1. Horstman, Patricia MSN, RN, NEA-BC
  2. Fanning, Mary MSN, RN, NEA-BC

Article Content

The Magnet Recognition Program Application Manual's1 Guidelines for Written Documentation describes the written documentation submission process and identifies the source-of-evidence (SOE) narratives as a critical component of the appraisal process. Organizations applying for Magnet status will write narrative statements and provide written examples for each SOE to illustrate how each SOE is enculturated in the organization.


The work of evidence development is a comprehensive task for any organization. Central to one's success is the ability to organize the writing process to produce a final product that reflects the presence of nursing excellence in the organization and meets or exceeds the SOE requirements.


Evidence Development

West Virginia University Hospitals (WVUH), Morgantown, received initial designation as a Magnet facility in 2005. Through the efforts of the WVUH Magnet program director, Magnet Steering Committee, and use of an internal core writer (nurse), the organization successfully completed initial designation, 4 subsequent interim reports, and 1 redesignation evidence submissions without request for additional evidence. At WVUH, the use of an internal core writer, while involving as many individuals as possible in the storytelling process, brought ownership to the final product and promoted a flow of evidence that was reader-friendly and met the Magnet Recognition Program requirements. Figure 1 shows recommended steps to facilitate the process of evidence development, and Figure 2 shows steps to facilitate the evidence-writing phase of evidence development.

Figure 1 - Click to enlarge in new windowFigure 1. Steps to facilitate the process of evidence development.
Figure 2 - Click to enlarge in new windowFigure 2. Steps to facilitate the evidence-writing phase of evidence development.

Role of the Core Evidence Writer

Compiling evidence into a comprehensive document requires writing and editing skills. Storytellers vary in their writing skill level and the use of language; therefore, the use of a core evidence writer, who can revise and edit submitted stories, can support evidence flow and format consistency. At WVUH, the core evidence writer, a nurse with proven professional writing and publication skills, performed the following functions:


* Organized each model component (transformational leadership, structural empowerment, exemplary professional practice, new knowledge, innovations and outcomes, and empirical outcomes) into an individual chapter


* Wrote an opening narrative and conclusion for each chapter and SOE


* Matched each submitted story to an appropriate chapter and SOE, using each story only once


* Developed a glossary of terms concurrently throughout the writing process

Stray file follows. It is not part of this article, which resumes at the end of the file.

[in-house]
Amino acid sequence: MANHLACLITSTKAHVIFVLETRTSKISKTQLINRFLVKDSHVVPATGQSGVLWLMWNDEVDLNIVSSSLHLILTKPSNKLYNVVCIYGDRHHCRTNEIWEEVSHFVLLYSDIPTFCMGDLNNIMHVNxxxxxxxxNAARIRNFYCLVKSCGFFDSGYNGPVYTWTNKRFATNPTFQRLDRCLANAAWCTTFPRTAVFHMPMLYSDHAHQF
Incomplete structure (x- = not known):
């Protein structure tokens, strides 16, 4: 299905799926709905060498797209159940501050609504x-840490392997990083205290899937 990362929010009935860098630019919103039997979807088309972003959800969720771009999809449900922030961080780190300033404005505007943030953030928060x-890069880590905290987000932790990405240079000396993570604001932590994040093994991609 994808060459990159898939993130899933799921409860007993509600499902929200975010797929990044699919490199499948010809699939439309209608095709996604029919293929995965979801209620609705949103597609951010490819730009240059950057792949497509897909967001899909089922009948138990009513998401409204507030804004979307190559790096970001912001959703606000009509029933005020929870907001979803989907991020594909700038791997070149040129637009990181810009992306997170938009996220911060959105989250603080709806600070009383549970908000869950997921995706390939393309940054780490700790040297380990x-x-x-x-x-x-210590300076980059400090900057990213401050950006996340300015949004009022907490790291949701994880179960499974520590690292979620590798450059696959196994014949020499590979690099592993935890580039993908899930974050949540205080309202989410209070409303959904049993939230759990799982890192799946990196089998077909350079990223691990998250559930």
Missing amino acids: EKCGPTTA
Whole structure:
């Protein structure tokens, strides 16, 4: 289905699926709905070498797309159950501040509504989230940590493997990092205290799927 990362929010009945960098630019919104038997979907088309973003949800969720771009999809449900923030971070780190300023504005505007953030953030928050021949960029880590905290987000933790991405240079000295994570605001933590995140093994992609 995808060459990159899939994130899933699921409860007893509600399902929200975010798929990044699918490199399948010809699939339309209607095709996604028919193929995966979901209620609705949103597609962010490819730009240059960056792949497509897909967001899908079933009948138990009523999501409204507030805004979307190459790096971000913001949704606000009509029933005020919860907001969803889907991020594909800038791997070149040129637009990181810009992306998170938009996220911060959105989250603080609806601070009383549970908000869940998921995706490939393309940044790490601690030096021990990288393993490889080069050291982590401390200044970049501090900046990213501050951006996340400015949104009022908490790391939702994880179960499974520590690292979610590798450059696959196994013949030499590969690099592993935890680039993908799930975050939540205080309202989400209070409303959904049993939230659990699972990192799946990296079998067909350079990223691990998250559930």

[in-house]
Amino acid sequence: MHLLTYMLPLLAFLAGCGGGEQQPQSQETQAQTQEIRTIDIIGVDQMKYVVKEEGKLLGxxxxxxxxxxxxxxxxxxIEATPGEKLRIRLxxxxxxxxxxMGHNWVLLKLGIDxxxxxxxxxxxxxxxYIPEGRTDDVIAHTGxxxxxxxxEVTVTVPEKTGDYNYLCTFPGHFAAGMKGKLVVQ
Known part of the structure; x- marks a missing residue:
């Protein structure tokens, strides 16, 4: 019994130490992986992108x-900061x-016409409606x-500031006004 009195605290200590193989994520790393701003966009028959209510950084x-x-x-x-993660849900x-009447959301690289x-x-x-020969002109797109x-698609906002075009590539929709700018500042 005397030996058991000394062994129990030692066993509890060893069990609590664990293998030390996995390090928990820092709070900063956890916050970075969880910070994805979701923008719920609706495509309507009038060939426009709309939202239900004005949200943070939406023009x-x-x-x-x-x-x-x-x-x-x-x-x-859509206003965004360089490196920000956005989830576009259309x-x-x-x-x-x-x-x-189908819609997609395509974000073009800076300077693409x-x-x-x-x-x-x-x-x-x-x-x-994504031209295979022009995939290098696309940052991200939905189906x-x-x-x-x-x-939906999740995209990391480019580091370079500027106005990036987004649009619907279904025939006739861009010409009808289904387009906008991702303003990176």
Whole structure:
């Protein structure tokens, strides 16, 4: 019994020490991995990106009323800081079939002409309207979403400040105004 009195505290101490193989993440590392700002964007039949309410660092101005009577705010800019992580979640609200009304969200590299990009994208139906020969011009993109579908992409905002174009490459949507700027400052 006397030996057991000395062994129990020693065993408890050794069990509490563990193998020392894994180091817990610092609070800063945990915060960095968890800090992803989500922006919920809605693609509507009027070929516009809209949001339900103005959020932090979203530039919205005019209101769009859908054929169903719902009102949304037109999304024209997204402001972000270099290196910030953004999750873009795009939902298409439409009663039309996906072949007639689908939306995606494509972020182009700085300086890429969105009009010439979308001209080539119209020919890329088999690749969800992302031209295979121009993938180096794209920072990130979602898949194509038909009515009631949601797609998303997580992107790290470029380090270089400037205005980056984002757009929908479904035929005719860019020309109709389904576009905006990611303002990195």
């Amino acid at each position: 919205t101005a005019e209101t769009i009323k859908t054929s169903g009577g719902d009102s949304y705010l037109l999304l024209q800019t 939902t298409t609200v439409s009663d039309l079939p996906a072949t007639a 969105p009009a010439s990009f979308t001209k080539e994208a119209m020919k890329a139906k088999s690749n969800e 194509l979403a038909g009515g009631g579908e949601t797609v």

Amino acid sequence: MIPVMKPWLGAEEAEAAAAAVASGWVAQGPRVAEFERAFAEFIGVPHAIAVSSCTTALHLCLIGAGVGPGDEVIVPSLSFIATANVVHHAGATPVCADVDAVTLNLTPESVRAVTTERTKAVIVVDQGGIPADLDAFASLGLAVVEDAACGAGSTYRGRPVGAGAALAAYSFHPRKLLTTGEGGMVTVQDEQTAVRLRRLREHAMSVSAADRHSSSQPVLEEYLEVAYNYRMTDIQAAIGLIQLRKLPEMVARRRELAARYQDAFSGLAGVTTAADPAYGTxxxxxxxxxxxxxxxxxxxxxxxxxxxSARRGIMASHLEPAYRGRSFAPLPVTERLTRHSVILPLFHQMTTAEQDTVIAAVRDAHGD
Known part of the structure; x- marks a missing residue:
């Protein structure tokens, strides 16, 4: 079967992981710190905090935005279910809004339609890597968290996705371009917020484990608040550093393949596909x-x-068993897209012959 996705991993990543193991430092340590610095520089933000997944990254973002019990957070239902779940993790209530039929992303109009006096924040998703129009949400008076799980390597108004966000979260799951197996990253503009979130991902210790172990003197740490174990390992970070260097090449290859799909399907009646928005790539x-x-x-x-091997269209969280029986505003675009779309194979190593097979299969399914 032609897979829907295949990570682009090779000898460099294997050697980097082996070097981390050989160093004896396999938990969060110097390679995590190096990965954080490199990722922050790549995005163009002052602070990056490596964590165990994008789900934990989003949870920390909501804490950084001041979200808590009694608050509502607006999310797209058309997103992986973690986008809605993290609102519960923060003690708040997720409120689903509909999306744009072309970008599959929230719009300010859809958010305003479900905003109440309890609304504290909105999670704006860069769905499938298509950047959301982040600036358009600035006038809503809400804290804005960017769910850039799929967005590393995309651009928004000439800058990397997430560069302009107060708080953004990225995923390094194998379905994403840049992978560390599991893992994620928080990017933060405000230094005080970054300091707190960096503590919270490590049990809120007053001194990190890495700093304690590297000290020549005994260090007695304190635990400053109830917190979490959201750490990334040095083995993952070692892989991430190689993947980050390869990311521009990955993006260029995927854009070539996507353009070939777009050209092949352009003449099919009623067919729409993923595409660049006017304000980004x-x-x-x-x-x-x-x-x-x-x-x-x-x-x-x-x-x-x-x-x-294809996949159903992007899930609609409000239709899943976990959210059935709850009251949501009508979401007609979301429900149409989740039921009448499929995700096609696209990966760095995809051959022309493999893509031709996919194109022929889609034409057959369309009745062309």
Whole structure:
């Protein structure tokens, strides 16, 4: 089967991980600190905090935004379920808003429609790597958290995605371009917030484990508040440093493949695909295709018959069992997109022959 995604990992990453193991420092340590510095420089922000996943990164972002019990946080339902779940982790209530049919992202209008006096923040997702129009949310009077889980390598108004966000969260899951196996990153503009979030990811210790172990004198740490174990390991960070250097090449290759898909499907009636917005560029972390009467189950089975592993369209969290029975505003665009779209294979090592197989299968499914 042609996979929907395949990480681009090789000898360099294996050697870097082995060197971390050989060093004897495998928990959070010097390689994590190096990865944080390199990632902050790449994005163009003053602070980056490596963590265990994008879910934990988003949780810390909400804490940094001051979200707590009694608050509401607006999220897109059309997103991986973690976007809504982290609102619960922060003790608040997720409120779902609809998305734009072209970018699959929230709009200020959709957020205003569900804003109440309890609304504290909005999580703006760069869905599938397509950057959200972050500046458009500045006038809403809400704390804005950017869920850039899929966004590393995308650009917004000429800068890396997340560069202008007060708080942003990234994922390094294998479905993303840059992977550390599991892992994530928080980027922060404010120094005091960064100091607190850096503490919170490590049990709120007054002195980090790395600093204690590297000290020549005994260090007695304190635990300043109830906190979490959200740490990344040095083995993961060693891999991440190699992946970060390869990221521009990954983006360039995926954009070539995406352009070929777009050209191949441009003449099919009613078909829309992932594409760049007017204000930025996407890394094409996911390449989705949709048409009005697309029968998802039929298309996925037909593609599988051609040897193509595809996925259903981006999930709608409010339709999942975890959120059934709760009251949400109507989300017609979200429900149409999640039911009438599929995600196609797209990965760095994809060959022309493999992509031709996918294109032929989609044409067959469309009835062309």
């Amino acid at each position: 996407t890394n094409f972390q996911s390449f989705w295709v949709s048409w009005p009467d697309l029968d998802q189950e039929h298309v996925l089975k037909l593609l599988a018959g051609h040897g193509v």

* Archived and labeled attachments by relevant SOE concurrently, as submitted


* Highlighted all levels of nursing staff in all departments in which nursing is practiced


* Ensured that the evidence maintained a broad-brush perspective of the nursing organization, reflected enculturation of the Forces of Magnetism, and reflected required empirical outcomes



Role of the Magnet Program Director

Separate from writing narratives and stories, data compilation and reporting through the National Database of Nursing Quality Indicators, the compilation of additional organizational data points required for evidence submission at WVUH was facilitated by the Magnet program director. Through the use of a centralized database, data points (Figure 3) were tracked for the demographic information form.

Figure 3 - Click to enlarge in new windowFigure 3. Data points tracked for the demographic information form.

Final Edits and Compilation of Evidence

The stories are written, the attachments compiled, and the data displayed. The following tips will facilitate the editing process and the production of the required copies of final evidence.


1. Through a combination of steering committee meetings and off-site retreats, read each chapter of evidence, word by word, and revise concurrently via the use of a laptop.


2. Consider the use of marketing and communication staff to review evidence content grammatically.


3. Number the tables and figures consecutively and create the table of contents per chapter after all edits are completed.


4. Consider the use of an external consultant to review the final draft for content, flow, and internal consistency in use of titles, degrees, and terminology (add 2 months to the completion timeline to allow for this review).


5. Organize the final evidence into 4 books. Book 1: Our History/Organizational Overview Documents; Book 2: Transformational Leadership and Structural Empowerment; Book 3: Exemplary Professional Practice; and Book 4: New Knowledge, Innovations, and Outcomes, and Empirical Outcomes and a separate book of Appendixes for those documents that may be referred to more than once (ie, organizational charts, nursing strategic plan).




It is through the evidence identification process that an organization will embark on a journey of self-reflection and, at times, self-discovery. As the Magnet Recognition Program standards have evolved to an outcomes focus, an organization must also evolve. It is through this journey that an organization will present the many contributions of the nursing staff and the healthcare team as a whole. The journey allows for reflection on outcomes and accomplishments, evaluation of the work that is performed and the manner in which it is done, and assessment of the environment that serves as the arena for the services provided.




1. American Nurses Credentialing Center (ANCC). Recognizing Nursing Excellence: Magnet Recognition Program(R) Application Manual. Silver Spring, MD: American Nurses Credentialing Center; 2008. [Context Link]